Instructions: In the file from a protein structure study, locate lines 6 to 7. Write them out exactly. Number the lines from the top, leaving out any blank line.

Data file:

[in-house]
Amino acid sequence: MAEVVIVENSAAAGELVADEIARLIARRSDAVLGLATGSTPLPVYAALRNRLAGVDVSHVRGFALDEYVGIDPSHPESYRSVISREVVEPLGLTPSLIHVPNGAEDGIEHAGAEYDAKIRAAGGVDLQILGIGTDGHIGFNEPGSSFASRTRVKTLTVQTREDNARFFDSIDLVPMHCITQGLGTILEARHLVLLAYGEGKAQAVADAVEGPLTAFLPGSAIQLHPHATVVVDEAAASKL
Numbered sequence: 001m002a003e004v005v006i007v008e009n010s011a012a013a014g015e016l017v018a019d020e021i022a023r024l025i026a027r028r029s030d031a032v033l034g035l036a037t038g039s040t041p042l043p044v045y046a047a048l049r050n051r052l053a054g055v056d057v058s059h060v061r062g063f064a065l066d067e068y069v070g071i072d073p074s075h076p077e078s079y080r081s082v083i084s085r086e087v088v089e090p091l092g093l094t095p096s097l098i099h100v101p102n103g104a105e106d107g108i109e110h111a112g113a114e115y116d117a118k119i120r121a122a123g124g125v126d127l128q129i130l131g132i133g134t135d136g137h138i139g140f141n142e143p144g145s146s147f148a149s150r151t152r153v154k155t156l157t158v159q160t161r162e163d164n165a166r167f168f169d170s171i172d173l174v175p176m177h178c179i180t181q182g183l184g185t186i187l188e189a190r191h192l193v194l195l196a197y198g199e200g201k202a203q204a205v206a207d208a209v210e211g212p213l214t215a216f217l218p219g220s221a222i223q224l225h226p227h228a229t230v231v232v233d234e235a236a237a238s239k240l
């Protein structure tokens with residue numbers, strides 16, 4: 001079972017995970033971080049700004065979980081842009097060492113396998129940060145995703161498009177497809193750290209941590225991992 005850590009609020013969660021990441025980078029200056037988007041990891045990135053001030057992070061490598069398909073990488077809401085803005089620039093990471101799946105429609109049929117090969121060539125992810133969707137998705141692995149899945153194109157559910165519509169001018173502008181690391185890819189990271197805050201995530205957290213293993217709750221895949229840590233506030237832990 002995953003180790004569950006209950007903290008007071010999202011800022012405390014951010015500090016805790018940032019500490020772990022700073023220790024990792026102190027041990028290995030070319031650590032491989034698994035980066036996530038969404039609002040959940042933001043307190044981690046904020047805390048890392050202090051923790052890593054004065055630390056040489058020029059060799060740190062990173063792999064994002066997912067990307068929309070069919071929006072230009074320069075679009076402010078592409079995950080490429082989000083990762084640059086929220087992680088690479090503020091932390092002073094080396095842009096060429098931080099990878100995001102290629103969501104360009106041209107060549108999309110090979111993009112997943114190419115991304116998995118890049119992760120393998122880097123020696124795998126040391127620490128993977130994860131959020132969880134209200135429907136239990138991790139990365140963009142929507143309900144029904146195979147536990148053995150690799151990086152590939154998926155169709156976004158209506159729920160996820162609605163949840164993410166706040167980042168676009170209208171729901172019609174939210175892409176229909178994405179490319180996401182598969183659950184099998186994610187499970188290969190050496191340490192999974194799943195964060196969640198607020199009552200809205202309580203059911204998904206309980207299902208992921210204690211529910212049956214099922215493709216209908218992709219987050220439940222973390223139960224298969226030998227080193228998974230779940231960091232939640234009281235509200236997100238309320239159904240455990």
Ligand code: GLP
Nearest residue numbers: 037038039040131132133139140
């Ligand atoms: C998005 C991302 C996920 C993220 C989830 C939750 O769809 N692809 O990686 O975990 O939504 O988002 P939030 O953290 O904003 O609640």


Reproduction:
Nearest residue numbers: 037038039040131132133139140
């Ligand atoms: C998005 C991302 C996920 C993220 C989830 C939750 O769809 N692809 O990686 O975990 O939504 O988002 P939030 O953290 O904003 O609640």